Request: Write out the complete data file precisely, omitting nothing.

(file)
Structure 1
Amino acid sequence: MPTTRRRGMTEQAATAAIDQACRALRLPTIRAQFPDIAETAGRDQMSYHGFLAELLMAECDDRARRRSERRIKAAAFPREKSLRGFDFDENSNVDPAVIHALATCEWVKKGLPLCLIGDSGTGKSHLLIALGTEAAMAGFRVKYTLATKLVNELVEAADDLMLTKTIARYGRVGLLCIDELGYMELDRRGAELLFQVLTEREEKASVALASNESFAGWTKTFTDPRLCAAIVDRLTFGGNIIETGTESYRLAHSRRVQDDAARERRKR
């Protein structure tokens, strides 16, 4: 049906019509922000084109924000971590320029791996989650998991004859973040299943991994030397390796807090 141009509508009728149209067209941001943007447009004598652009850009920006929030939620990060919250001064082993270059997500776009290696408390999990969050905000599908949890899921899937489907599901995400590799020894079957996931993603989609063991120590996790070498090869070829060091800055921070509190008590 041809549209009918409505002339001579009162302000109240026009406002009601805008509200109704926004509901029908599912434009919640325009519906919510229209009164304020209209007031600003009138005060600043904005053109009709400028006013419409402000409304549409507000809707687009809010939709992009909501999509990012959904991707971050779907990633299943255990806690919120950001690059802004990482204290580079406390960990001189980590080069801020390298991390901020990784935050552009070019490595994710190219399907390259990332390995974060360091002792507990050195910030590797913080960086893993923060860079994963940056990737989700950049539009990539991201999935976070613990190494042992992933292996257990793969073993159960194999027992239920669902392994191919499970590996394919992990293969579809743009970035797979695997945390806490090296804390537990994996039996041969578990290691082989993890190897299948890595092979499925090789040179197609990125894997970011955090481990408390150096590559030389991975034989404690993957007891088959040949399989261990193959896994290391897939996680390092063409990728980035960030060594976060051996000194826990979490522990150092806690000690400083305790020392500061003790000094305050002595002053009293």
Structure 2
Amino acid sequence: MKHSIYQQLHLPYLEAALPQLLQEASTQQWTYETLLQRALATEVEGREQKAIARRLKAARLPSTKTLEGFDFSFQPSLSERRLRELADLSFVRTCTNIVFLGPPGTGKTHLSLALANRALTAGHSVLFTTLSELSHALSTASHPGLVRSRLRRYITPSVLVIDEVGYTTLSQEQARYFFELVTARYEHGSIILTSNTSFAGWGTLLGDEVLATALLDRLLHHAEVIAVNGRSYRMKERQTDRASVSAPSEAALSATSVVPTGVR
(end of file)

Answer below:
Structure 1
Amino acid sequence: MPTTRRRGMTEQAATAAIDQACRALRLPTIRAQFPDIAETAGRDQMSYHGFLAELLMAECDDRARRRSERRIKAAAFPREKSLRGFDFDENSNVDPAVIHALATCEWVKKGLPLCLIGDSGTGKSHLLIALGTEAAMAGFRVKYTLATKLVNELVEAADDLMLTKTIARYGRVGLLCIDELGYMELDRRGAELLFQVLTEREEKASVALASNESFAGWTKTFTDPRLCAAIVDRLTFGGNIIETGTESYRLAHSRRVQDDAARERRKR
């Protein structure tokens, strides 16, 4: 049906019509922000084109924000971590320029791996989650998991004859973040299943991994030397390796807090 141009509508009728149209067209941001943007447009004598652009850009920006929030939620990060919250001064082993270059997500776009290696408390999990969050905000599908949890899921899937489907599901995400590799020894079957996931993603989609063991120590996790070498090869070829060091800055921070509190008590 041809549209009918409505002339001579009162302000109240026009406002009601805008509200109704926004509901029908599912434009919640325009519906919510229209009164304020209209007031600003009138005060600043904005053109009709400028006013419409402000409304549409507000809707687009809010939709992009909501999509990012959904991707971050779907990633299943255990806690919120950001690059802004990482204290580079406390960990001189980590080069801020390298991390901020990784935050552009070019490595994710190219399907390259990332390995974060360091002792507990050195910030590797913080960086893993923060860079994963940056990737989700950049539009990539991201999935976070613990190494042992992933292996257990793969073993159960194999027992239920669902392994191919499970590996394919992990293969579809743009970035797979695997945390806490090296804390537990994996039996041969578990290691082989993890190897299948890595092979499925090789040179197609990125894997970011955090481990408390150096590559030389991975034989404690993957007891088959040949399989261990193959896994290391897939996680390092063409990728980035960030060594976060051996000194826990979490522990150092806690000690400083305790020392500061003790000094305050002595002053009293």
Structure 2
Amino acid sequence: MKHSIYQQLHLPYLEAALPQLLQEASTQQWTYETLLQRALATEVEGREQKAIARRLKAARLPSTKTLEGFDFSFQPSLSERRLRELADLSFVRTCTNIVFLGPPGTGKTHLSLALANRALTAGHSVLFTTLSELSHALSTASHPGLVRSRLRRYITPSVLVIDEVGYTTLSQEQARYFFELVTARYEHGSIILTSNTSFAGWGTLLGDEVLATALLDRLLHHAEVIAVNGRSYRMKERQTDRASVSAPSEAALSATSVVPTGVR